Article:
The Vols (6-2) will find out tonight if they can lay claim to being the state's top program – at least this year -- when No. 16 Memphis (6-1) visits Knoxville.
Pearl didn't want to admit it, but Memphis has clearly been the top men's basketball program in the state over the past five years, 10 years, 20 years, 25 years. The record speaks for itself. The NCAA Tournament bids speak for themselves.
Memphis has a right to pound its chest. And Pearl knows it. Perhaps that's why he said a sellout crowd tonight is important to recording a win.
``It's vital,'' Pearl said. ``Memphis looks at itself as a national program. And it is. They look at Tennessee as a regional program. We are trying to become a national top 25 program.
``There is not program in the country that respects us less than Memphis, and that's because we haven't done enough to earn their respect. That should bother our fans enough that we should try to show Memphis we are indeed a national program. But we have to do it on the floor.''
Wow: ``There is not a program in the country that respects us less than Memphis.''
Strong words from Pearl. You wonder how Pearl knows that.
You wonder if Memphis coach John Calipari agrees with that statement. Or perhaps it was Pearl's way of stirring the passion of Vols fans in an effort to boost attendance.
In any case, a Tennessee win would count as a huge upset. Memphis lost two great players off last year's team, yet, the Tigers have top-20 talent, if not top-10 talent. They have a roster chalked with athletic players, including point guard Willie Kemp. They even have Tracy McGrady's younger brother.
Calipari doesn't rebuild. He reloads.
This is an important game for Memphis to remain in the top 20. It's more important for Tennessee, which needs to make a statement this season and notch a resume-boosting win for the NCAA Selection Committee.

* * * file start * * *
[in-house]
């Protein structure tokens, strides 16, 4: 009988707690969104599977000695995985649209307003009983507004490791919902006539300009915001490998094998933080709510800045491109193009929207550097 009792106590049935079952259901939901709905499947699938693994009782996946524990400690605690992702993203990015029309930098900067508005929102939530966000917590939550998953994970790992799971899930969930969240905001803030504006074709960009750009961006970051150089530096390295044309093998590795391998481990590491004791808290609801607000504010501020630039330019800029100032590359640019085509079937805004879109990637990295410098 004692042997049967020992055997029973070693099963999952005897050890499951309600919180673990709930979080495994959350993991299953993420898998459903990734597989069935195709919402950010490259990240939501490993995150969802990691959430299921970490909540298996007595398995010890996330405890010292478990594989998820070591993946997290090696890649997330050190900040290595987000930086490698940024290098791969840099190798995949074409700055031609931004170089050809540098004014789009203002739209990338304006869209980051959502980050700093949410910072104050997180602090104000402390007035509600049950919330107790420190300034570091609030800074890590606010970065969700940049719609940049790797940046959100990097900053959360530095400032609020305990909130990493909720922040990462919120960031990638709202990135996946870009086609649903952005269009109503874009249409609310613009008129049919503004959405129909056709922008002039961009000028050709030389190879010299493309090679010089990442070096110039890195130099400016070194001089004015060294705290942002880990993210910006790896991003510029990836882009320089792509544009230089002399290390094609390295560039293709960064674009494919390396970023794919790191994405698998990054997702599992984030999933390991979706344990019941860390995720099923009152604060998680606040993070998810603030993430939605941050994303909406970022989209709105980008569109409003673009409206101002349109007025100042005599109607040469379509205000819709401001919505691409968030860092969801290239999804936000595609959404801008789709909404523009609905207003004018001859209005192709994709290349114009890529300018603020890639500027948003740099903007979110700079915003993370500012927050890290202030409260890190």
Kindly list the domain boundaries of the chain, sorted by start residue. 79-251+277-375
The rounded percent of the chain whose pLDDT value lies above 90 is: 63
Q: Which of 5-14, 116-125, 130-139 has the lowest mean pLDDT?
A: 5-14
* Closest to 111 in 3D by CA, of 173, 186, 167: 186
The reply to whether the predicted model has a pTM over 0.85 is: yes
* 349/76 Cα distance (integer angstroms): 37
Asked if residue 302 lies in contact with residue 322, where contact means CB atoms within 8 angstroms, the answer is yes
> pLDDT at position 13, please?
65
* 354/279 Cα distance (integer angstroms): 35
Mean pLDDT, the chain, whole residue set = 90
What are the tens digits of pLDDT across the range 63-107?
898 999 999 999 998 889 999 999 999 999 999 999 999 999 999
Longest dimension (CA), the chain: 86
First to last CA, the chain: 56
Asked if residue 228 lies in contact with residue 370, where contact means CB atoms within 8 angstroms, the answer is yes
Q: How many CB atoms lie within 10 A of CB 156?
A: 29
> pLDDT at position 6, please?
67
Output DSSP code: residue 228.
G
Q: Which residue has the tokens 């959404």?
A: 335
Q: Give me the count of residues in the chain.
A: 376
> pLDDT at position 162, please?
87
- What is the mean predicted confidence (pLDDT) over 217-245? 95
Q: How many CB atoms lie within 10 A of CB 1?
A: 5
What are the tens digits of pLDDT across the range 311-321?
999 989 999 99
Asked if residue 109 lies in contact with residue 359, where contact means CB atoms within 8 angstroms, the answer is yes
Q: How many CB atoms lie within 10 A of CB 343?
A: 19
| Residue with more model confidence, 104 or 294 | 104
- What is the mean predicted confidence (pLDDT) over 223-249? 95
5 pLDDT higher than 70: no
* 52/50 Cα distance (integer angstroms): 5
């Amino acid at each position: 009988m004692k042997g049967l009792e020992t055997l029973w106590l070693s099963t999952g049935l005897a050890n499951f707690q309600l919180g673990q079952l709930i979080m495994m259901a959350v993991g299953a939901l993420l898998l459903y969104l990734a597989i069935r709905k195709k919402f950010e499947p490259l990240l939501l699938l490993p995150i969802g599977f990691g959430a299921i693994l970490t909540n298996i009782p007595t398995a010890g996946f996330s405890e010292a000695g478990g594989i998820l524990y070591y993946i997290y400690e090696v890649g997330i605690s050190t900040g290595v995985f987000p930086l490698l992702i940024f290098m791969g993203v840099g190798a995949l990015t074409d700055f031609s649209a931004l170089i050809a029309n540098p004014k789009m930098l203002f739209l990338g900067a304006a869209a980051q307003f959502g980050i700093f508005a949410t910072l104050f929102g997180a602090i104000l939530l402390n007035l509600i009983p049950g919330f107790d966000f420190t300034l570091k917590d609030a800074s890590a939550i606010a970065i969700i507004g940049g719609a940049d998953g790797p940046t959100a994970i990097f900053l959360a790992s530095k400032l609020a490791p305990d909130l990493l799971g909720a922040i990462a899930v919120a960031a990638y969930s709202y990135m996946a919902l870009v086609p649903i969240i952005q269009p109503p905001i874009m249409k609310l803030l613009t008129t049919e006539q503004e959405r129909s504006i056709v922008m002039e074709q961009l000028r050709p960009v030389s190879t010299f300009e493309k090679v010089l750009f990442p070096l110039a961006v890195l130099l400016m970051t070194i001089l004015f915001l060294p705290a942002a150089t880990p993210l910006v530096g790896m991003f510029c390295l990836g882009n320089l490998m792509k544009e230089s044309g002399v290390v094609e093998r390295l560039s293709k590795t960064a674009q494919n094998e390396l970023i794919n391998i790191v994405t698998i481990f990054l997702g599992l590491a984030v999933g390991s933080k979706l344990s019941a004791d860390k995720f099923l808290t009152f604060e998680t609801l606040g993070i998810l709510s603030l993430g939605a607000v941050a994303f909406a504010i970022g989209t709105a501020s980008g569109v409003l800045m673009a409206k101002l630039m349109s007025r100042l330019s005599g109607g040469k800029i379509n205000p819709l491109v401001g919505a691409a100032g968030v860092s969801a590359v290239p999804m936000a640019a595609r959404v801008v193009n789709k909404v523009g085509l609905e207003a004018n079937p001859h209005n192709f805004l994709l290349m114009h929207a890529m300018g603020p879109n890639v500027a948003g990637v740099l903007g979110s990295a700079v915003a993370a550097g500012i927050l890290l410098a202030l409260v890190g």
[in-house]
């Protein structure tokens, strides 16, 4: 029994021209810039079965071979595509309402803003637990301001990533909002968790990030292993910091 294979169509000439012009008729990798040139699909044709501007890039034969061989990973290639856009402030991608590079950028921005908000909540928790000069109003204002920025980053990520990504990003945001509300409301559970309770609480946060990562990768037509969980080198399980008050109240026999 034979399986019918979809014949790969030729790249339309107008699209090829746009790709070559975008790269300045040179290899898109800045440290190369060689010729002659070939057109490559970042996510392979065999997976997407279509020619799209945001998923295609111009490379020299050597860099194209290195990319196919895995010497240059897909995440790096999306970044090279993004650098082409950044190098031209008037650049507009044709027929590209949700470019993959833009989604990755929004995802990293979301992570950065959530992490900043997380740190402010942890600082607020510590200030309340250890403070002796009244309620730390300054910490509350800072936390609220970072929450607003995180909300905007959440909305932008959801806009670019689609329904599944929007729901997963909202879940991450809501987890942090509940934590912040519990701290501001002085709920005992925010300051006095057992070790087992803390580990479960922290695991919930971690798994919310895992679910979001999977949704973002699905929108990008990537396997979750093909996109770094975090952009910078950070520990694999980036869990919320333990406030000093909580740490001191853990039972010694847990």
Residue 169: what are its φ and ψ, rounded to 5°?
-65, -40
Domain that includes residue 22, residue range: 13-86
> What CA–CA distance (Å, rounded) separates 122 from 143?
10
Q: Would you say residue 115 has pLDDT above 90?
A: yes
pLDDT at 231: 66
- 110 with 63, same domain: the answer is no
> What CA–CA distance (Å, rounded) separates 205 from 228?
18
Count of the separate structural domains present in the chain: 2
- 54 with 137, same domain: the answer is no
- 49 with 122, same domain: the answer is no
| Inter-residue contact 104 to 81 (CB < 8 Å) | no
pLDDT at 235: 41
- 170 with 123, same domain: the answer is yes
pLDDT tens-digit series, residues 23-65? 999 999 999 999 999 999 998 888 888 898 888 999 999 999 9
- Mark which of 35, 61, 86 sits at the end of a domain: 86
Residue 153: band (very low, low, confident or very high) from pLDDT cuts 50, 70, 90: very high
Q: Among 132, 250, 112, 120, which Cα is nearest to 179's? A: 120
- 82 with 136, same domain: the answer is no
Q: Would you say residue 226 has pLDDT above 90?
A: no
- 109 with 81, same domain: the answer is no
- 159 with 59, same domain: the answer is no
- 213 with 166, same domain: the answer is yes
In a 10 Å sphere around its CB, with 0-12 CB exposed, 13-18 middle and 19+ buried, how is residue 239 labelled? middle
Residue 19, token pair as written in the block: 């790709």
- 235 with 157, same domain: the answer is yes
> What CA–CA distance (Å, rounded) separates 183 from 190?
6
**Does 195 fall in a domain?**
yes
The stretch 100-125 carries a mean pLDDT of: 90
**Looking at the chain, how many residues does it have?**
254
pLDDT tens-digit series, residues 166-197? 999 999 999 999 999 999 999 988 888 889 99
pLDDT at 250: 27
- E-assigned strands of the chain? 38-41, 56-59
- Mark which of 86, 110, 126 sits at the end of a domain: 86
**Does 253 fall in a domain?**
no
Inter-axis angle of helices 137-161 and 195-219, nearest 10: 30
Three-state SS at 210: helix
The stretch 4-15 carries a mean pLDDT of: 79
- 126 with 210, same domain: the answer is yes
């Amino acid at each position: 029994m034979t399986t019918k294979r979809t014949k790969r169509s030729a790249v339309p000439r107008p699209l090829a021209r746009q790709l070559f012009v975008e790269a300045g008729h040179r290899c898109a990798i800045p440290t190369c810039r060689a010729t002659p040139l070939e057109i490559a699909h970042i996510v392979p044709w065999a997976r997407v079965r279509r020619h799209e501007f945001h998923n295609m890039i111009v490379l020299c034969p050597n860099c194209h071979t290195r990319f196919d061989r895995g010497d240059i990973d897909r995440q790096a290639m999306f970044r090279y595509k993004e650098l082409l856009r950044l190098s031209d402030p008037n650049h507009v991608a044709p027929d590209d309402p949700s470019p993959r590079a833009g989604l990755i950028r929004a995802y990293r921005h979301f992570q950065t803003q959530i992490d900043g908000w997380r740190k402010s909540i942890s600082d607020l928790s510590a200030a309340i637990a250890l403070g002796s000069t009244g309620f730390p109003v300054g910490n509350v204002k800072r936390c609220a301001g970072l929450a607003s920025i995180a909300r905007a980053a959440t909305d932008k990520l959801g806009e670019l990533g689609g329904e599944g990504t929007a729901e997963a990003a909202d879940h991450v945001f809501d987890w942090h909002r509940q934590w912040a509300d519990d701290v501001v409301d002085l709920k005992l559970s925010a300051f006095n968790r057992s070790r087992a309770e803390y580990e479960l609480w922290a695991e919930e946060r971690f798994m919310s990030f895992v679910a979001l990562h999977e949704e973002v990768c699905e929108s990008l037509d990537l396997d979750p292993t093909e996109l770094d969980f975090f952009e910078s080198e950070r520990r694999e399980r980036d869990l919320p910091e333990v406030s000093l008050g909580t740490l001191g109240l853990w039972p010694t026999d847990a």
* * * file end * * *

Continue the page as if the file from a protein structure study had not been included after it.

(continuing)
Based on what I've seen thus far, the Vols won't match last year's 22 wins, SEC East Division title or No. 2 seed in the NCAA Tournament. And unless Tennessee finds a point guard and accuracy from the foul line, an NCAA bid isn't a guarantee.
Tennessee has eight players who have attempted at least 10 free throws; four are making less than 53 percent and a fifth is making just 61 percent. Nine of the 11 scholarship players have more turnovers than assists. Only Dane Bradshaw and Jordan Howell have a positive ratio.
Based on early returns, I don't see Tennessee winning 18 games. But it's early. The young players will get better. The ball-handling will get better. The free throw shooting will get better.
If it doesn't get better tonight, the Vols won't earn respect from Memphis.
SEC BEST IN RECENT BOWLS
The SEC has fared well against the Big Ten in bowl games since the start of the 1995 season.
Thanks to Georgia (4-0), Tennessee (3-0) and South Carolina (2-0), the SEC is 17-12 against the Big Ten in bowl games over the past 11 years. LSU (2-1) also has a winning record. Alabama (2-2) is .500. Arkansas (0-2), Auburn (2-3), Florida (2-3) and Kentucky (-0-1) have losing records since 1995.
Tennessee coach Phillip Fulmer is 3-0 against the Big Ten in bowls.
By the way, Ohio State is 0-7 against SEC teams in bowls. And the Buckeyes don't have many wins over the SEC overall. They beat LSU 36-33 in 1988. You won't find many other OSU wins over the SEC.
As for the SEC and Big Ten overall, the Big Ten leads 91-86, but the top six teams in the SEC all have winning marks. Tennessee is 9-4. Florida (8-4), LSU (6-4), Georgia (7-2), Auburn (6-3) and Alabama (13-9) have winning marks against the Big Ten.
Vanderbilt (7-16) and Kentucky (24-31) are a combined 16 games below .500. South Carolina (3-5), Ole Miss (0-3) and Mississippi State (2-6) also have losing records against the Big Ten.
CUTCLIFFE RECRUITING SMITH
Tennessee offensive coordinator David Cutcliffe has been recruiting Harrison Smith of Catholic High, attending an Irish basketball game last week.
It makes sense to put Cutcliffe on Smith. Cutcliffe worked as a Notre Dame assistant for several months in 2005 before suffering a heart attack. He knows both programs well. He also was the first to recommend that the Vols offer Smith, which UT did in the spring, before Smith became a hot commodity.